My fatigue Riptide list started with 9 Salvage Shots and every defensive card I could muster. Then it shifted as I cut the Salvage Shots in favor of some more nuanced recursion cards like Give & Take and Warmonger’s Recital. Then, we made further shifts cutting Recital to add more go again like Ravenous Rabble and Sic ‘Em Shot.

Each of these changes were made to address our losses. We were consistently winning into Brutes and Ninjas, but losing into slower decks like Guardian. The solution was to add more go-again to present awkward breakpoints. We kept the defensive properties, maintaining our favor into aggro matches, but slowly tuned it to fare better into classes like Guardian or Warrior.

This is why the notes are important. Knowing why you are winning or losing certain matchups will give you the perspective you need to make these kinds of shifts.

Step #7: Don’t Tilt!

Yeah, this step is so important it’s on here twice! Arguably, it’s more important at this stage. After refining for the second or third (or fourth or fifth…) time, you might feel like you are owed some victories. Remember, you are still playing an off-meta hero. While losses are frustrating, each one is a learning opportunity. Keep your head high, learn what you can from it, and take that with you into your next game.

Step #8: Keep What Works

As you continue on this journey, you’ll find yourself winning more. A lot of this will be because you are starting to understand your matchups. You know your deck intimately at this point, every card is a card you chose to be there. This is when playing an off-meta hero plays to your advantage: opponents won’t know what’s coming, especially if your build is doing something different than what people have come to expect from the hero.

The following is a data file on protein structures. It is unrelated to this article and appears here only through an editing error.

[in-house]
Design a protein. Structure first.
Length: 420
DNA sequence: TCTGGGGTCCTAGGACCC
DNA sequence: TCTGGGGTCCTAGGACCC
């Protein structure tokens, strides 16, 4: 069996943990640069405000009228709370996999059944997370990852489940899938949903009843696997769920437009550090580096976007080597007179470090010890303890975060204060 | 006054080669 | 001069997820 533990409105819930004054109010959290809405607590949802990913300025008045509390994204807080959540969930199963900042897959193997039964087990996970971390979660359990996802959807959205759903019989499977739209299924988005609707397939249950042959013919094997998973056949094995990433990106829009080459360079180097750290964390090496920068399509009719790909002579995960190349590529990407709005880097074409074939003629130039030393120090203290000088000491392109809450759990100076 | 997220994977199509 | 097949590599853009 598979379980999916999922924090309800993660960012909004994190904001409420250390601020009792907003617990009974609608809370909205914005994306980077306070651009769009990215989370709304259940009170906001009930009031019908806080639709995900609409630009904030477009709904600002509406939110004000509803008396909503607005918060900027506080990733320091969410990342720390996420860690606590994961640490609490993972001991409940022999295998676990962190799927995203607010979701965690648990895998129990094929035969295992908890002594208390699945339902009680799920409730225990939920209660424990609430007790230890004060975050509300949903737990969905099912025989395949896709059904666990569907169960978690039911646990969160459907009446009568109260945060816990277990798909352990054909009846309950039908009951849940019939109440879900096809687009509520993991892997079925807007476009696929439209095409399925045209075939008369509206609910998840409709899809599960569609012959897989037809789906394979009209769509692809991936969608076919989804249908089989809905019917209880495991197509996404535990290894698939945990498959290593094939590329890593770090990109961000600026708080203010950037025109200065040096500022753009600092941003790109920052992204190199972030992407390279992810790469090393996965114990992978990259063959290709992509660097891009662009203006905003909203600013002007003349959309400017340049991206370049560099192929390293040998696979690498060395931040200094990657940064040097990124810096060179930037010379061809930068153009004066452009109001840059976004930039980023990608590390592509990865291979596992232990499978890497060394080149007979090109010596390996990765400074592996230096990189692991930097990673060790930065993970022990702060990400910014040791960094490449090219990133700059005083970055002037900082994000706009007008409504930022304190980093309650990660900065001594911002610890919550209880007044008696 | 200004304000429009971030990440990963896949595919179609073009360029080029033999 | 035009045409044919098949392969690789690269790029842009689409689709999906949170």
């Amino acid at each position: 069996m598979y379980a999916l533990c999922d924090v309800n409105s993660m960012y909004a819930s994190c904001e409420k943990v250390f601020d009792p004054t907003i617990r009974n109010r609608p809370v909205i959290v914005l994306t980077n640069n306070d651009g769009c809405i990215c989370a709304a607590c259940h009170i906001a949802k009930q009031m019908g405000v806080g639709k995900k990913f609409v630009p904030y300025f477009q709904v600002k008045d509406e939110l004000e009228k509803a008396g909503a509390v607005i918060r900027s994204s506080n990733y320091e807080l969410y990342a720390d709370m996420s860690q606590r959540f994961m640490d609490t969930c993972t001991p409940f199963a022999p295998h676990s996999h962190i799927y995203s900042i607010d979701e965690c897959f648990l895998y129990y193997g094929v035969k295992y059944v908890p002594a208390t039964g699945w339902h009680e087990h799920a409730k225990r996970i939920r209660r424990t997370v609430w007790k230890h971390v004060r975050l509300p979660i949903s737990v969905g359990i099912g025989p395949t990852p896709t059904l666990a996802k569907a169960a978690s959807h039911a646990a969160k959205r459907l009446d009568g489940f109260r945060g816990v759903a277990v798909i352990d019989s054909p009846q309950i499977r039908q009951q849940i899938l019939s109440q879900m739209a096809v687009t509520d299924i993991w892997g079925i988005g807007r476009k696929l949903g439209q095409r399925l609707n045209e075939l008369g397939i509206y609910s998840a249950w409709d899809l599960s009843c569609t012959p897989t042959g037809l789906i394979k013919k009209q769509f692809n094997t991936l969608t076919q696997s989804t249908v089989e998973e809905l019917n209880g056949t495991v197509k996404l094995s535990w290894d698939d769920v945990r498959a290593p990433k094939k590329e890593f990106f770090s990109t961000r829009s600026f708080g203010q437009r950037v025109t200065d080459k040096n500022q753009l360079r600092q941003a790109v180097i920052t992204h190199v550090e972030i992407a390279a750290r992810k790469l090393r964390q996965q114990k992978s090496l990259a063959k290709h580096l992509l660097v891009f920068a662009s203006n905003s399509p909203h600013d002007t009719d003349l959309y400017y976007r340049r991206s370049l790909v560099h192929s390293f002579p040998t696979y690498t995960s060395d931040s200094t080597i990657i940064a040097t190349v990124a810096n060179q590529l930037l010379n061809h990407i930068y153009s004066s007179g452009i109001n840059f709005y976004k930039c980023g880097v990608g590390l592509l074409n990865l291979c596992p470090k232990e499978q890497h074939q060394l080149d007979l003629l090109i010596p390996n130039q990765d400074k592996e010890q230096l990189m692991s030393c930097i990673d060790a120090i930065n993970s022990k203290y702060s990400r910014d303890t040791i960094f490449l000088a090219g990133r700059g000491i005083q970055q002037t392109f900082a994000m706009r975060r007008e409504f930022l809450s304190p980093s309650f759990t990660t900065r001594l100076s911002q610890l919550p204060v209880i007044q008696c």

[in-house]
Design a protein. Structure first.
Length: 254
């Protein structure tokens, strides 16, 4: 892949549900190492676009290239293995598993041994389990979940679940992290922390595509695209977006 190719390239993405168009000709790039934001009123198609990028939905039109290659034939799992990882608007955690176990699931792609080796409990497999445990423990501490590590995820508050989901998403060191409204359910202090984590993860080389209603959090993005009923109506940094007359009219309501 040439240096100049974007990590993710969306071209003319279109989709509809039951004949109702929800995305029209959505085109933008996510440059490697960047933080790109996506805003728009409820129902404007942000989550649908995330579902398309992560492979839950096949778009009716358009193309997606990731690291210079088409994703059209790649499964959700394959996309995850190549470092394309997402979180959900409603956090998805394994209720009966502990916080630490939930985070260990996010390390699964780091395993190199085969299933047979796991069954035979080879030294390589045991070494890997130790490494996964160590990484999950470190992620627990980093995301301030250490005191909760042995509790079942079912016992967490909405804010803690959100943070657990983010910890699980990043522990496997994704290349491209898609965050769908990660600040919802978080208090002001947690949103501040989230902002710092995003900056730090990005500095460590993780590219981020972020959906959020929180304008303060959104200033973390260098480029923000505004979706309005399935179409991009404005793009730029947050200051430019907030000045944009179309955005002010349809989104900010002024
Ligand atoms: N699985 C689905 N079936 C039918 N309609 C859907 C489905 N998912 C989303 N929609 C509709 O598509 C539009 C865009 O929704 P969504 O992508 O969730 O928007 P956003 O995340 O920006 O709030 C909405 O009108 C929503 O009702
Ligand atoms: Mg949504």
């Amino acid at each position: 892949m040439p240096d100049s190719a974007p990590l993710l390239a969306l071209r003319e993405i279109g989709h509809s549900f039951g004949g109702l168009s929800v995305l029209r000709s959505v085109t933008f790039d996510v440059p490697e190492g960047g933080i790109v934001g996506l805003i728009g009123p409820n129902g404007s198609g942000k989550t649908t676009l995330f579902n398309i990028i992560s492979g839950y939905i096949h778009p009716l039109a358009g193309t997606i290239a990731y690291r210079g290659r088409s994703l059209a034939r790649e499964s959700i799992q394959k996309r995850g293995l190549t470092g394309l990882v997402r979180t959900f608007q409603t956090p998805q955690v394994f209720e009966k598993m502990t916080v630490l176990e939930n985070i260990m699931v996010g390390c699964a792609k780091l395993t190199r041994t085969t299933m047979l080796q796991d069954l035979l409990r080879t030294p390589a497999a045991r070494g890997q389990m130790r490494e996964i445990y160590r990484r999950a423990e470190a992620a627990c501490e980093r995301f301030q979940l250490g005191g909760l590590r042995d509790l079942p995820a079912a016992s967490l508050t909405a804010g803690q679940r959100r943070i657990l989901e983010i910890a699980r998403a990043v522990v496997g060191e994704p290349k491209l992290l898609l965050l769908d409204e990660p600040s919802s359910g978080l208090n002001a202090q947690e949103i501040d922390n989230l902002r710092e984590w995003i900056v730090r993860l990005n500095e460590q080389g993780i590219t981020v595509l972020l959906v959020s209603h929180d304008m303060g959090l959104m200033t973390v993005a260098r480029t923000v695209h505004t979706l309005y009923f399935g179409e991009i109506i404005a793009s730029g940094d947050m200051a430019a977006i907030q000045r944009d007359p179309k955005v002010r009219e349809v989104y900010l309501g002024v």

As recently as the April AGE, just a month after I Top 8’d with my hybrid Riptide list, I won my final game of the day because a Prism sideboarded wrong, expecting me to play a more well-known aggressive Riptide list. At a major tournament, a win is a win! The surprise is part of the payoff for all this work.

Step #9: Profit!

Hopefully, if all goes well, this is when you can see some important wins. The armory wins, the Top 8s, the qualifications. It won’t happen overnight, but that’s why you keep at it.

My first ever Top 8 was at the March AGE Open, exactly 1 year after Riptide’s debut at the Outsiders prerelease. It was a long journey to get there, filled with lots and lots of losses; but now I’m in a spot where I'm consistently placing top 12 at these Southern California events. As of writing this, I am 5th place in this year’s standings for the AGE Open series. At Pro Tour:LA, I broke even in every single event I played.

While that might not be as impressive as a bunch of wins and gold foils, it shows I’m making progress. Consistency in a card game is extremely valuable. If you can get your deck and your playing to consistently perform, then you are just a few lucky gem pairings away from a win.

Step #10: Repeat

But that’s enough celebration: there’s a new meta right around the corner! Heroes LL, new sets release, new deck archetypes are brewed. Sometimes things will shift so drastically that you’ll need to start at the drawing board. Be prepared for this! You may have to cut your favorite cards or change archetypes entirely to slow down or speed up your deck. 

Just remember, you got this. After all, you’ve done this before.

Discussion (1)



1 month ago
I am so incredibly appreciative of your 3x5 notecard comment. I already use them in so many aspects of my life (daily schedule, to-do lists, etc.), and I will now one million percent start using them for life-tracking and notetaking when I play card games. Thanks for the tip!